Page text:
|Marvin, the Paranoid Android|
I just published a new paper in Science and Engineering Ethics. The paper is my first extended defence of a position called 'ethical behaviourism'. This is a principle/theory that can be applied to debates about the moral status of disputed entities (e.g. animals or artificial beings). I first talked about this principle on this blog a couple of years back (though I don't claim that it is original to me). I am grateful to have the chance to defend it at greater length in this article. As per usual, you can download a free preprint of the paper at the various links below.
Journal: Science and Engineering Ethics
Links: Official; Philpapers; Researchgate; Academia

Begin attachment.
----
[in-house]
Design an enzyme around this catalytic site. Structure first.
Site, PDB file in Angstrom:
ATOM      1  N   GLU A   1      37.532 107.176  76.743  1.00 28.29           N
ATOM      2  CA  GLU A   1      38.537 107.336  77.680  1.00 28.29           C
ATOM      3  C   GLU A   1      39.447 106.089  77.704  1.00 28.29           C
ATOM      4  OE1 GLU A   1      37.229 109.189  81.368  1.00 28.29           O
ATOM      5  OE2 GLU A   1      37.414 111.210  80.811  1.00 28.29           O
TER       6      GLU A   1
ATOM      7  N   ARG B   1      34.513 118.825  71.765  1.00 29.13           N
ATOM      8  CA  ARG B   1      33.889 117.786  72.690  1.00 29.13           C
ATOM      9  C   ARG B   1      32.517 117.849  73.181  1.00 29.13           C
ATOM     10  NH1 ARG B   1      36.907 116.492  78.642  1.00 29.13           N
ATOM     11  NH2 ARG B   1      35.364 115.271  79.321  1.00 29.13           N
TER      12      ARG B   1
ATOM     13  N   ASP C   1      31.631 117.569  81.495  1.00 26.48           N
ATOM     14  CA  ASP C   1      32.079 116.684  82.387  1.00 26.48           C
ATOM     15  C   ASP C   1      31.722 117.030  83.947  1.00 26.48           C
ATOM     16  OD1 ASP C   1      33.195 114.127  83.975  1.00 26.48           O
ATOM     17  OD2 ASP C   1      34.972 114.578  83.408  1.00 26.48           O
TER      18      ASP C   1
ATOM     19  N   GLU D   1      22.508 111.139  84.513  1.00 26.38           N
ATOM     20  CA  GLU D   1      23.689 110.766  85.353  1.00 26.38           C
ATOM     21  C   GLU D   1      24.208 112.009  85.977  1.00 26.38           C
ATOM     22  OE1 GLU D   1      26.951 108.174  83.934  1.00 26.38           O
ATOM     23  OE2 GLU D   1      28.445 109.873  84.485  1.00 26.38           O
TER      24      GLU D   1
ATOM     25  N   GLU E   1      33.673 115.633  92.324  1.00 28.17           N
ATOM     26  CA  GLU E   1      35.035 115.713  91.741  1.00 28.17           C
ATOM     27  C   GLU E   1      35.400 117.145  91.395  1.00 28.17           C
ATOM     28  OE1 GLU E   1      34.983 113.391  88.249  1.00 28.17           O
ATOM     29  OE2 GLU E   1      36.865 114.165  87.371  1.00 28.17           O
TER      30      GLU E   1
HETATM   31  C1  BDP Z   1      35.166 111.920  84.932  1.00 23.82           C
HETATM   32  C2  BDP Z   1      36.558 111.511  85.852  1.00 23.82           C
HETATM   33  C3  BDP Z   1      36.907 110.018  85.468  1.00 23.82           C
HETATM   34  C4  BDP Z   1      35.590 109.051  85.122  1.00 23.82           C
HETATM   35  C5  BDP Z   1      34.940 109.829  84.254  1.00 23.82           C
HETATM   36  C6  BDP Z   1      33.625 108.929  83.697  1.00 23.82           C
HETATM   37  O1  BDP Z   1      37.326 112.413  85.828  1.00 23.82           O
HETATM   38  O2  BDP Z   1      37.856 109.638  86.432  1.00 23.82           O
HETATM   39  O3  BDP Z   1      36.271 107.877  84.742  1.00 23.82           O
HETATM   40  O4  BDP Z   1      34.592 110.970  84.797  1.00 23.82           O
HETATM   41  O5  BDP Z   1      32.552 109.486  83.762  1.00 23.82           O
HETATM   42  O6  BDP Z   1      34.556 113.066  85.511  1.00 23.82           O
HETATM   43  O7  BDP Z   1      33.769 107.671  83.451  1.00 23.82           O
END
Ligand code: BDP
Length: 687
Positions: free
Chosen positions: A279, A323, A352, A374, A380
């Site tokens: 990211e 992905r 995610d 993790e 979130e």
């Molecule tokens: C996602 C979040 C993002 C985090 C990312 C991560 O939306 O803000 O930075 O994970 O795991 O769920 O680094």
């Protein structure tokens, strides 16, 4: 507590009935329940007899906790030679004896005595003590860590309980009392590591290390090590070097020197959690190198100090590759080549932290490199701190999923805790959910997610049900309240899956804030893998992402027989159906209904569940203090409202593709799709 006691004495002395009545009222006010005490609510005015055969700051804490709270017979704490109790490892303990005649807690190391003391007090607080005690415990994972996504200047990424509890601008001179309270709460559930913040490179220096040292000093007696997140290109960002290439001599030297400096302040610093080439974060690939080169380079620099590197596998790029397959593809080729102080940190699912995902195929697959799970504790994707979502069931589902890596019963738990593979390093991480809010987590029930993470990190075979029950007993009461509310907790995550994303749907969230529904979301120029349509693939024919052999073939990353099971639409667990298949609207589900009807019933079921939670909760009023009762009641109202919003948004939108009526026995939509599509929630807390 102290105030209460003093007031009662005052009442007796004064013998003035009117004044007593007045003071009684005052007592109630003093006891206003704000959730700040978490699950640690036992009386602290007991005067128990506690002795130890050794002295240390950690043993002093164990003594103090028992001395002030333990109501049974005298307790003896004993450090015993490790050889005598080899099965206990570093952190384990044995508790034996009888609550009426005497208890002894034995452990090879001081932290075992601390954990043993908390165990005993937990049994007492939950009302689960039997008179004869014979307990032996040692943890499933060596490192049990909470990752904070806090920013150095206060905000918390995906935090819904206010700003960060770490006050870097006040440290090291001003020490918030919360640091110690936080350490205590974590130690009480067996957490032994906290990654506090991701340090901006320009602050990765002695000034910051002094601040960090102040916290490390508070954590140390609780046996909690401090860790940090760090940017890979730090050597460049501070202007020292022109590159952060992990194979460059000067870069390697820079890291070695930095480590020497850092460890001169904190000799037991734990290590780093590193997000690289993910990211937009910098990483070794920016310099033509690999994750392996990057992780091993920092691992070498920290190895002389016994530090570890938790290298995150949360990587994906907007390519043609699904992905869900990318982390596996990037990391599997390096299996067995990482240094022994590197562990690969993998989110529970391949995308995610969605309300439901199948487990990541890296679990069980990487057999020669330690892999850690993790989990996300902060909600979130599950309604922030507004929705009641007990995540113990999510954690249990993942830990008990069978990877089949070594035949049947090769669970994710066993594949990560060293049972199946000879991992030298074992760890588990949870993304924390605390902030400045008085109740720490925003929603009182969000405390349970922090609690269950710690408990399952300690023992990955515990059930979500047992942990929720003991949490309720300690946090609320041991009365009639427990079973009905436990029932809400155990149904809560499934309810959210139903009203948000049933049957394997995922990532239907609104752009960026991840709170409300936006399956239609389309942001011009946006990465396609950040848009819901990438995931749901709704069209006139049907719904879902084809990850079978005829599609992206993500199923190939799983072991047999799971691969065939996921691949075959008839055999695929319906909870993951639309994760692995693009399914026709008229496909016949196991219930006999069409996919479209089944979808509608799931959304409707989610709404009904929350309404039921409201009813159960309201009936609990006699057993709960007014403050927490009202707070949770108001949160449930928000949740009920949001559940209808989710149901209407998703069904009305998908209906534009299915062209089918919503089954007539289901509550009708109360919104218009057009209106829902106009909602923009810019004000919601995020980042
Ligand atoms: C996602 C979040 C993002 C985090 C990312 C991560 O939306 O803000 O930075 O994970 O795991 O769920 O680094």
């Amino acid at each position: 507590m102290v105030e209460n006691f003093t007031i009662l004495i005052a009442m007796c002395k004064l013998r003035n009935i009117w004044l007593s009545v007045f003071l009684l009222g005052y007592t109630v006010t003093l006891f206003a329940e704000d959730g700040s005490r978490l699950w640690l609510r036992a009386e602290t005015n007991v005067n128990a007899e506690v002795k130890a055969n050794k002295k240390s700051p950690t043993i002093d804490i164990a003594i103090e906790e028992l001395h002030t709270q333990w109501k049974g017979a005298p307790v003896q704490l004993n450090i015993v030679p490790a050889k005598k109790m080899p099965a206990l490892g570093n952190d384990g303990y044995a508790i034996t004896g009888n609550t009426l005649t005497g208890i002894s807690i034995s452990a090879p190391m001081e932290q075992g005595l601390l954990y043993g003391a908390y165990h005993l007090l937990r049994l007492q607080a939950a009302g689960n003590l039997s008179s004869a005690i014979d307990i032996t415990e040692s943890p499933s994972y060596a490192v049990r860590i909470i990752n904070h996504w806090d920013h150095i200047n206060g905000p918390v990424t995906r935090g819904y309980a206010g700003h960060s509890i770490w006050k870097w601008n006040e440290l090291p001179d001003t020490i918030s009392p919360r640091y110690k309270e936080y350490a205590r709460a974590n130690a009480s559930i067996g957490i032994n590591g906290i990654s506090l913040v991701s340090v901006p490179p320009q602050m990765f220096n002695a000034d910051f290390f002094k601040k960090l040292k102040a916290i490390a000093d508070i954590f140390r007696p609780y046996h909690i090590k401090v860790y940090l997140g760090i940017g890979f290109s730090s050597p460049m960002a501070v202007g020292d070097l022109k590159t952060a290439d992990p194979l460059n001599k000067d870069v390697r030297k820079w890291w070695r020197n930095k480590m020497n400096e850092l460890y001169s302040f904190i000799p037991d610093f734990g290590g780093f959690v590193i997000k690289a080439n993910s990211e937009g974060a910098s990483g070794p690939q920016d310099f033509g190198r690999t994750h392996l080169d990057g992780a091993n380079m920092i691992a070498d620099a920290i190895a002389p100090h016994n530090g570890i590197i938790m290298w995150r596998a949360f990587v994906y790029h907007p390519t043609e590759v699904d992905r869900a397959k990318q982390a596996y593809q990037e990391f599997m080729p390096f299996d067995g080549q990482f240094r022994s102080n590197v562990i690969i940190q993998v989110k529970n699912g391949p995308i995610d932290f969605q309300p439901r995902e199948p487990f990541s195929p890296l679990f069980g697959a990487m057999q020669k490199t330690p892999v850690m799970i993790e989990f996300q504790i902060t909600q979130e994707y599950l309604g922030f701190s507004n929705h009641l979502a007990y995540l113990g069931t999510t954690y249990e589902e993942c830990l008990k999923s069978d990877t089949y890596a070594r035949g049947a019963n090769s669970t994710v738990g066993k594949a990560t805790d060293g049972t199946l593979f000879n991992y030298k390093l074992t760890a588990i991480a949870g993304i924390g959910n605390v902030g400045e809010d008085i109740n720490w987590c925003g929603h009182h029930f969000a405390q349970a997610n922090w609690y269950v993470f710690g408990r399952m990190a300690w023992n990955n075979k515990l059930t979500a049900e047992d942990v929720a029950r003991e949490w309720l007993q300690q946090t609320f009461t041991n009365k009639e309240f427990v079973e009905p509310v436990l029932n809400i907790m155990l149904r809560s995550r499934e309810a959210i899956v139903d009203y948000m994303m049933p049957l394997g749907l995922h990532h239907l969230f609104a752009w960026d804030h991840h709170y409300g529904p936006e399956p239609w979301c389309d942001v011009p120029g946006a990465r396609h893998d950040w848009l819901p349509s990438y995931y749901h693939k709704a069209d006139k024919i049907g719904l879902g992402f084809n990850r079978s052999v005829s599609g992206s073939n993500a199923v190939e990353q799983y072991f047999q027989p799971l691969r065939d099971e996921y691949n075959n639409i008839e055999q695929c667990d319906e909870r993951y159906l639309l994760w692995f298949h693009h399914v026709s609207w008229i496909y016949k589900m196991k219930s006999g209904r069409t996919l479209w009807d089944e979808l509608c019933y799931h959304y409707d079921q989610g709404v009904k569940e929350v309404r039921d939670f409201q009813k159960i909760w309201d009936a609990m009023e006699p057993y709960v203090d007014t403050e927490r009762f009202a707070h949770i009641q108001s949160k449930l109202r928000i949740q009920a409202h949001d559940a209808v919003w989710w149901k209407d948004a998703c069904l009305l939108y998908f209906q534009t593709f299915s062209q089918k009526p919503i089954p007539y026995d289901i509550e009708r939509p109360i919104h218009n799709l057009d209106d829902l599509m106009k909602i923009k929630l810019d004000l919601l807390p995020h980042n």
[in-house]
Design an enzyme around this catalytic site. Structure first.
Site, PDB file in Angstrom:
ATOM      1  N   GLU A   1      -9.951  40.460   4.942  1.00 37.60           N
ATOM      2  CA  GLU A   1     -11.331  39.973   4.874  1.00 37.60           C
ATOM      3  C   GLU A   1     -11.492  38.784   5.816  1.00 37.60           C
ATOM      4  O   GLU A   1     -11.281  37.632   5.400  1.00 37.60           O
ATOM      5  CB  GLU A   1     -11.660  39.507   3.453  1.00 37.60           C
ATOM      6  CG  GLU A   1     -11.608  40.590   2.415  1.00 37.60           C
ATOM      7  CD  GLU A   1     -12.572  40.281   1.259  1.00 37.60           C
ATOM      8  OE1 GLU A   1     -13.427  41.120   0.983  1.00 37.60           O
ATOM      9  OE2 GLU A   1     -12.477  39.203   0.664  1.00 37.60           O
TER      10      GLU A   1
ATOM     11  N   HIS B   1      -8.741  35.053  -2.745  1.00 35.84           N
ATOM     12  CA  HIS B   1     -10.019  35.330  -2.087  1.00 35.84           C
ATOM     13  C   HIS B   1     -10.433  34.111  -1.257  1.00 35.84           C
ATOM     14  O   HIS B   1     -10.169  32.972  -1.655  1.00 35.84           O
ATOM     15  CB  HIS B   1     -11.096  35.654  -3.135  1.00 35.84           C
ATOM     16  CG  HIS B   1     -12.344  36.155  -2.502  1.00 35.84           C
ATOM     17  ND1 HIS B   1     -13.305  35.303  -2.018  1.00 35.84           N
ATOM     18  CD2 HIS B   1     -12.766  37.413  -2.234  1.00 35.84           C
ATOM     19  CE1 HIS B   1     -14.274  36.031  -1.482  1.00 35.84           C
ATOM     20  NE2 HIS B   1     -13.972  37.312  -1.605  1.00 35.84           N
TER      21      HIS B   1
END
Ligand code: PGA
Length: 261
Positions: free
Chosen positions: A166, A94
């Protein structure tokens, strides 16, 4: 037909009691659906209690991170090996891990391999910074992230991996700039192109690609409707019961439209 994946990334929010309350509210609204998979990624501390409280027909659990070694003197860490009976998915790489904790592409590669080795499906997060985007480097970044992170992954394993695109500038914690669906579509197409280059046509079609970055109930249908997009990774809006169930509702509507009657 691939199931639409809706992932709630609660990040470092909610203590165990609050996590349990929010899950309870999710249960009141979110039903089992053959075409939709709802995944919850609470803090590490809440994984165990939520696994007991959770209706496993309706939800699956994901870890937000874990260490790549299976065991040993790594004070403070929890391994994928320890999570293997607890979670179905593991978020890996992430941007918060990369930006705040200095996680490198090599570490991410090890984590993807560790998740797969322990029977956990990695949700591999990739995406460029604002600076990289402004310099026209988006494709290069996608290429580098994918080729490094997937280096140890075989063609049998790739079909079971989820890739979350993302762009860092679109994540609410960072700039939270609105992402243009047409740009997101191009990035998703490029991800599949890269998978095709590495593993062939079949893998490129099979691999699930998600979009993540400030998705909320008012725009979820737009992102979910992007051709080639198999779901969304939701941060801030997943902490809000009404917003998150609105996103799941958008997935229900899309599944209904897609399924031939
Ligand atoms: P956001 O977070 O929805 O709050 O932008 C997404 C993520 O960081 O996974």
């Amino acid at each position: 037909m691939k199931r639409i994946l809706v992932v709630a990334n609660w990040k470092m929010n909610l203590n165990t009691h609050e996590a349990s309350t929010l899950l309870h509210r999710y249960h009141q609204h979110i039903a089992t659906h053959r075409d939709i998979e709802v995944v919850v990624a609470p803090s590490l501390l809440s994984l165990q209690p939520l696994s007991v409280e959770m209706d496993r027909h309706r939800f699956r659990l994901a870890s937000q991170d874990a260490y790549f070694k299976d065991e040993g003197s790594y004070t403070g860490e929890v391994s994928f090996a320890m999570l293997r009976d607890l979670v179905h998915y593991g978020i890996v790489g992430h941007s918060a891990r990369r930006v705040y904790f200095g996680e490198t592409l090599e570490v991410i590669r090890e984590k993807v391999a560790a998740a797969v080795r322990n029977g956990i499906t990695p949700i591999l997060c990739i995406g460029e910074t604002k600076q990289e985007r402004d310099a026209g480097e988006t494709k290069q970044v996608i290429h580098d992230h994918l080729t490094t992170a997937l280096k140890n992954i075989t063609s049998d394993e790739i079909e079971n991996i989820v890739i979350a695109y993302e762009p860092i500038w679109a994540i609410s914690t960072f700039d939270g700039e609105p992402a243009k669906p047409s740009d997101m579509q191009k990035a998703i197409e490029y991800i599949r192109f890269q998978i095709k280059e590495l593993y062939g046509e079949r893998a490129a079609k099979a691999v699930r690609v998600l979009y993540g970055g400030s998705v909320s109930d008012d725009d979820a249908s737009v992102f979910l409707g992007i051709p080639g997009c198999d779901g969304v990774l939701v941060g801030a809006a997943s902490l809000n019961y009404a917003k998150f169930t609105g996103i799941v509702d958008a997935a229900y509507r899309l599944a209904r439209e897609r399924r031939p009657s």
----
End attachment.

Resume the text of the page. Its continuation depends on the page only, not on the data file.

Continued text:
Abstract: Can robots have significant moral status? This is an emerging topic of debate among roboticists and ethicists. This paper makes three contributions to this debate. First, it presents a theory – ‘ethical behaviourism’ – which holds that robots can have significant moral status if they are roughly performatively equivalent to other entities that have significant moral status. This theory is then defended from seven objections. Second, taking this theoretical position onboard, it is argued that the performative threshold that robots need to cross in order to be afforded significant moral status may not be that high and that they may soon cross it (if they haven’t done so already). Finally, the implications of this for our procreative duties to robots are considered, and it is argued that we may need to take seriously a duty of ‘procreative beneficence’ towards robots.